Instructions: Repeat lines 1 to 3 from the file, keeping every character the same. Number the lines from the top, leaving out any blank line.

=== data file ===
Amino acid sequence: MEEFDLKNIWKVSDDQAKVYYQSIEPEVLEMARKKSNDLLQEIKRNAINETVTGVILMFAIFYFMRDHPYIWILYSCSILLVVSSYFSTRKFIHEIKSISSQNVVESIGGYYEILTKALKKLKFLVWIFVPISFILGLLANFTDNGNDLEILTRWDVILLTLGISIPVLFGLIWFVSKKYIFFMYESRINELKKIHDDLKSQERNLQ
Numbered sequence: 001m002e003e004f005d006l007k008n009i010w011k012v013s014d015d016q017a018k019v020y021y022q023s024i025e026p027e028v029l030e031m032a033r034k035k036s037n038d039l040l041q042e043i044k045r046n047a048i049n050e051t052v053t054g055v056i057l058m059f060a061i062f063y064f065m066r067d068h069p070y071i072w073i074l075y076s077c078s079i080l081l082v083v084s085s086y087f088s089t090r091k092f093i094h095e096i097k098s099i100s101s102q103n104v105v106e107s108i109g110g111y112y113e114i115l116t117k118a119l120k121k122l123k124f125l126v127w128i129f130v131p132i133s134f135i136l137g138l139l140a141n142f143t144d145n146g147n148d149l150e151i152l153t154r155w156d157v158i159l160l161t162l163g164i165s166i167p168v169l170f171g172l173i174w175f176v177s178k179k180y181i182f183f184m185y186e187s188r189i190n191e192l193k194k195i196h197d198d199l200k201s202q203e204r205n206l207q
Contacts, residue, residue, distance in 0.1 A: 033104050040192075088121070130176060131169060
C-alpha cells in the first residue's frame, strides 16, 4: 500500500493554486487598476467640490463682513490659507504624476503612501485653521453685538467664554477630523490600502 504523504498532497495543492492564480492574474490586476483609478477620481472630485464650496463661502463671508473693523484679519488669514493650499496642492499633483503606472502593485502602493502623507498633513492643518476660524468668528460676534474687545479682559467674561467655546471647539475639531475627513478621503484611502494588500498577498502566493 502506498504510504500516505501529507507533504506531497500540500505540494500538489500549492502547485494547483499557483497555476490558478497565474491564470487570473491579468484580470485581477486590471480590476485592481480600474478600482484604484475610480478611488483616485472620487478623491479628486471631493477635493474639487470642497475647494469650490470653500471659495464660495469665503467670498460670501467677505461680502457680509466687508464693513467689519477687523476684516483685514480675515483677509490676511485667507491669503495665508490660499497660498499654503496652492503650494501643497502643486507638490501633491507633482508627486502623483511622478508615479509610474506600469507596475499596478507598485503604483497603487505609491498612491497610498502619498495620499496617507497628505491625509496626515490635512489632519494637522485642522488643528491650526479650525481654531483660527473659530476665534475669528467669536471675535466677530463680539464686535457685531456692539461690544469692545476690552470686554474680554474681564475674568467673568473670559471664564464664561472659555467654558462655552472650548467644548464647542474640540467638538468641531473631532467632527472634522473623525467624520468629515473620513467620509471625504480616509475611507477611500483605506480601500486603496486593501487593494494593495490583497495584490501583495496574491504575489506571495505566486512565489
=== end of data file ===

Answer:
Amino acid sequence: MEEFDLKNIWKVSDDQAKVYYQSIEPEVLEMARKKSNDLLQEIKRNAINETVTGVILMFAIFYFMRDHPYIWILYSCSILLVVSSYFSTRKFIHEIKSISSQNVVESIGGYYEILTKALKKLKFLVWIFVPISFILGLLANFTDNGNDLEILTRWDVILLTLGISIPVLFGLIWFVSKKYIFFMYESRINELKKIHDDLKSQERNLQ
Numbered sequence: 001m002e003e004f005d006l007k008n009i010w011k012v013s014d015d016q017a018k019v020y021y022q023s024i025e026p027e028v029l030e031m032a033r034k035k036s037n038d039l040l041q042e043i044k045r046n047a048i049n050e051t052v053t054g055v056i057l058m059f060a061i062f063y064f065m066r067d068h069p070y071i072w073i074l075y076s077c078s079i080l081l082v083v084s085s086y087f088s089t090r091k092f093i094h095e096i097k098s099i100s101s102q103n104v105v106e107s108i109g110g111y112y113e114i115l116t117k118a119l120k121k122l123k124f125l126v127w128i129f130v131p132i133s134f135i136l137g138l139l140a141n142f143t144d145n146g147n148d149l150e151i152l153t154r155w156d157v158i159l160l161t162l163g164i165s166i167p168v169l170f171g172l173i174w175f176v177s178k179k180y181i182f183f184m185y186e187s188r189i190n191e192l193k194k195i196h197d198d199l200k201s202q203e204r205n206l207q
Contacts, residue, residue, distance in 0.1 A: 033104050040192075088121070130176060131169060